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obligation is protect the public health and safety of new jersey people. >> some blasted the decision which says this takes health care workers from detaining the virus abroad. >> this hero was treated with disrespect. >> hickox's lawyers are fighting for her immediate release. >> we believe that policy infringes on the constitutional liberty interests. >> currently officials are imposing is mandatory policies in three states, new york, new jersey and illinois. the policy was abruptly interrupted friday after new york doctor craig spencer was diagnosed with ebola after treating patients in guinea. >> some say we're being too cautious. i'll take that criticism. >> a federal official says the cdc was surprised by the mandate but acknowledges officials have the authority to set policies.
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>> now a 5-year-old boy is evaluated for ebola at bellevue hospital in new york city. we spoke to the doctor who's the head of the new york city health and hospitals corporation. he said we think this is low risk. it duoesn't appear this boy had contact with anyone with ebola. he does have a fever. >> why don't they say they're testing him? >> they're not testing him. they're trying to figure out did he have exposure to anyone with ebola. once they figure that out further, they might test him. they proceed more slowly than you think. you may think he was in guinea, hey let's test him. they want to know if he had exposure before we test him. that's the way they do hit. >> all right. many thanks to you. more now from cnn exclusive interview with kaci hickox. >> i've spent a month in sierra leone. when i arrived at the airport in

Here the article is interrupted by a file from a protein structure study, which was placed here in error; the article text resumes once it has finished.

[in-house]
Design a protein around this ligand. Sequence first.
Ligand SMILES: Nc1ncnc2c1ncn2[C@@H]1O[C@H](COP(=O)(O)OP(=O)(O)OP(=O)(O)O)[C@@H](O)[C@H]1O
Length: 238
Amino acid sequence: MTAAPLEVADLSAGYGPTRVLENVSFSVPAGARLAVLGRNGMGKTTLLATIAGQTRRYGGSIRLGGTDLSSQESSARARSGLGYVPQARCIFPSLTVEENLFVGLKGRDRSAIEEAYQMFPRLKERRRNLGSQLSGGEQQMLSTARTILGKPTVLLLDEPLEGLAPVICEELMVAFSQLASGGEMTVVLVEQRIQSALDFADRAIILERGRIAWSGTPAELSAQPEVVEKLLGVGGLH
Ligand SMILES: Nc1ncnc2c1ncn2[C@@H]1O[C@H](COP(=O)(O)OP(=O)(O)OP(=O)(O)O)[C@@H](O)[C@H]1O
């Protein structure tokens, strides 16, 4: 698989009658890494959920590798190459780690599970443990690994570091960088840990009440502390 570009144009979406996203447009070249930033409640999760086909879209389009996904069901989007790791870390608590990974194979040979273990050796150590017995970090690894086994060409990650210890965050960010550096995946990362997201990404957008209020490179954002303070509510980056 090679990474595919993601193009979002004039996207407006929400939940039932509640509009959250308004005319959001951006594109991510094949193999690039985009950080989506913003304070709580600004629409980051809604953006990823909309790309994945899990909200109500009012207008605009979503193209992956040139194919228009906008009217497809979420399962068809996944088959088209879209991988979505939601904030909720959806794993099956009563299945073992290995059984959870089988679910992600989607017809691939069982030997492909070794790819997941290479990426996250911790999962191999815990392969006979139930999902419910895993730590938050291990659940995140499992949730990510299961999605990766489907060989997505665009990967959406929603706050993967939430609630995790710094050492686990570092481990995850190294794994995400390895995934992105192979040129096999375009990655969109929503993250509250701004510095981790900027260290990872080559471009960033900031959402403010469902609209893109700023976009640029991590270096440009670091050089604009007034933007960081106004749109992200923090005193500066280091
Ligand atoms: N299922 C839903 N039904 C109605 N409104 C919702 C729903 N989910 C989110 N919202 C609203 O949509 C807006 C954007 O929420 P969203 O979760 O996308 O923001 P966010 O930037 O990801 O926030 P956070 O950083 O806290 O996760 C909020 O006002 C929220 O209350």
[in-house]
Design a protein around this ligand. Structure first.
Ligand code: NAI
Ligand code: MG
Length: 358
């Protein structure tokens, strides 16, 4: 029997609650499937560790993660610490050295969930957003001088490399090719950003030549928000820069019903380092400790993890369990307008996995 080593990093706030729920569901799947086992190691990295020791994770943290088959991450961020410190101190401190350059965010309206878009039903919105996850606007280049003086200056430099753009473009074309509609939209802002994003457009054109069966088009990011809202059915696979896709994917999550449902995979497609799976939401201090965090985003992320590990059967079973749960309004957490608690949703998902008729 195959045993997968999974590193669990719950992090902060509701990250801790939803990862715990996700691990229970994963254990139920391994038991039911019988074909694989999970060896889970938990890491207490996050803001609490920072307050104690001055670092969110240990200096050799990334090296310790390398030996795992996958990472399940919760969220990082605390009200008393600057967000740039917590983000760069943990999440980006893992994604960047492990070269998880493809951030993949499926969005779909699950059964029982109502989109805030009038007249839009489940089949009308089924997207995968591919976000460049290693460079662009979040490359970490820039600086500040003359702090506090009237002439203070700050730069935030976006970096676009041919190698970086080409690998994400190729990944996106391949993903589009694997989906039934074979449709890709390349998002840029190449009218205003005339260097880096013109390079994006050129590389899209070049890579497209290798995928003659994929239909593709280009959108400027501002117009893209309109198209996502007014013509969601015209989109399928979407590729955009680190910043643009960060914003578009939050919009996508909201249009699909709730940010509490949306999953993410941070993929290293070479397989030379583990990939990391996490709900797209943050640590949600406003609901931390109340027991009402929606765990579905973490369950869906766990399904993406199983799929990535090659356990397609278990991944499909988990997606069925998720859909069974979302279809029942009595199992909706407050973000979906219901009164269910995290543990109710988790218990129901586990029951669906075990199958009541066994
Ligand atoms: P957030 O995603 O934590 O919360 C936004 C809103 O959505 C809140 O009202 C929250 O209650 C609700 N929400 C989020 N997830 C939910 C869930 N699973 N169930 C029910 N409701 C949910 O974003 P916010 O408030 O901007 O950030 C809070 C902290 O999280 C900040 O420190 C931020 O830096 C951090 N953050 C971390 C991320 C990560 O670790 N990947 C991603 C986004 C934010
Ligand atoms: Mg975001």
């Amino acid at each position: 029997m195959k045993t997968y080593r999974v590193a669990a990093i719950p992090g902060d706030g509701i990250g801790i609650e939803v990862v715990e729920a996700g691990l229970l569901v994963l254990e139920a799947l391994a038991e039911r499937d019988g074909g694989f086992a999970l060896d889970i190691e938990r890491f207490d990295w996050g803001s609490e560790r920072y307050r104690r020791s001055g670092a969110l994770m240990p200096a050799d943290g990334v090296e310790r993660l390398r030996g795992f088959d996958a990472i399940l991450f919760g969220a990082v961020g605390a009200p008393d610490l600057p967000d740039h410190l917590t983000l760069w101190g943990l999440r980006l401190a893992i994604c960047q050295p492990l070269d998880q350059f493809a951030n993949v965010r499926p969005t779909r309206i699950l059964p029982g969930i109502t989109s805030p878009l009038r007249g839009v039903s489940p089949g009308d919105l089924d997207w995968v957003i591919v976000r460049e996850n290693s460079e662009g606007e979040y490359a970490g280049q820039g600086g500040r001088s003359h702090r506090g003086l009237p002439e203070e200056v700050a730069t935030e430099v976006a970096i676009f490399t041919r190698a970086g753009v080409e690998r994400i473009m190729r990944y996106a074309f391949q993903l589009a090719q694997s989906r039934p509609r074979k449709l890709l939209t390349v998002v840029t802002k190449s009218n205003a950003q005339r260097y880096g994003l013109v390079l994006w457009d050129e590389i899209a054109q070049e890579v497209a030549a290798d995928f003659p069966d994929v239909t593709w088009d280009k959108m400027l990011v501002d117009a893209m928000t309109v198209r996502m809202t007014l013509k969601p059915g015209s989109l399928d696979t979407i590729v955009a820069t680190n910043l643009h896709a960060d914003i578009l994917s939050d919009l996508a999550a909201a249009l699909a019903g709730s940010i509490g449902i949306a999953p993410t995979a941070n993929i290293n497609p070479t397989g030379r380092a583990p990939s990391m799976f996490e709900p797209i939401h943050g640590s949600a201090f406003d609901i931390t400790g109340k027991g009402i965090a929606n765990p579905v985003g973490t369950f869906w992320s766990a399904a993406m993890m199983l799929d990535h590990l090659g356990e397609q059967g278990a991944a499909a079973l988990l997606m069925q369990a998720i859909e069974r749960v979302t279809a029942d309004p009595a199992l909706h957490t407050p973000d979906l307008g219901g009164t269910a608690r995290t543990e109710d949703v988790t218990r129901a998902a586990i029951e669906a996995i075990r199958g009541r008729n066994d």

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new ark i of course presented my paperwork to the immigration officials and told him that i had been in sierra leone. i verbally declared it as well as writing it in the documentation. he said they'll have a couple of questions. many people asked me questions. a lot of questions were repetitive. i was surprised that i saw people writing in the margins of paperwork which showed obviously they weren't prepared to really capture all information they thought they needed. >> once you got to the hospital, what happened? >> they tested my blood. it was negative. they also confirmed it was negative. there have been reports of me having a fever in the airport, but i truly believe that it was an instrument error. they were using the forehead
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scanner. i was obviously distressed and a bit upset. my cheeks were flushed. i think there has been evidence that machine is not accurate in these situations. when i arrived in the isolation unit, they took my temperature orally and it was completely normal. it has been completely normal. i heard from my mother last night who called me concerned and said governor christie said in an interview you were quote, unquote obviously ill. this is so frustrating to me. first of all, i don't think he's a doctor. secondly, he's never laid eyes on me. thirdly, i have been a symptomatic since i've been here. i feel physically completely strong and emotionally completely exhausted. for him to say i'm obviously ill. what does that mean? someone define that for me. i don't understand what obviously ill means.